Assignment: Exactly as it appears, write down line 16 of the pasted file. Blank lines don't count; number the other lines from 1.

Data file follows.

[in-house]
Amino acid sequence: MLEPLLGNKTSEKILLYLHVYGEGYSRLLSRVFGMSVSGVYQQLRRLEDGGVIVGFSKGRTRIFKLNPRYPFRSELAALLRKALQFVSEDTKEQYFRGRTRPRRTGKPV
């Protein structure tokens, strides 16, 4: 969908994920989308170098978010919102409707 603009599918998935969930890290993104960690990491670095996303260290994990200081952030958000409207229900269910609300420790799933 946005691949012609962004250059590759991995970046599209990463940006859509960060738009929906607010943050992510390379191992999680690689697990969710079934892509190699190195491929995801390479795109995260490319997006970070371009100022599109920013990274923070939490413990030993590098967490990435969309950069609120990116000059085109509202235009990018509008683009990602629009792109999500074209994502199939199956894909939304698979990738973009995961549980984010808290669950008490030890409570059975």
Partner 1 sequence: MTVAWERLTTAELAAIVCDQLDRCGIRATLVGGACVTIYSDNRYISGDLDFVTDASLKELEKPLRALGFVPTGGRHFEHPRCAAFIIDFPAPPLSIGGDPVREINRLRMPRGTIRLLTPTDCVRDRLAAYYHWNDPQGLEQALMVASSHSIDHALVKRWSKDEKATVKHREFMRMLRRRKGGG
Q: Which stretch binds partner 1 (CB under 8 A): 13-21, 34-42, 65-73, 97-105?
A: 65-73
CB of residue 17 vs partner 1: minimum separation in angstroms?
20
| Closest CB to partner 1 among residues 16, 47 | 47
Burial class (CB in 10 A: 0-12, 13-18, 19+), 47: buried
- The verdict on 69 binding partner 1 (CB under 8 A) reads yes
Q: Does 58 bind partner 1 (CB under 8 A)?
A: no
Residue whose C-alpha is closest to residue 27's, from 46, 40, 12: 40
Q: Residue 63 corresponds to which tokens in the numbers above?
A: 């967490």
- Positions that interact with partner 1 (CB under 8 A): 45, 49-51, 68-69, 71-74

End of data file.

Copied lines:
A: 């967490």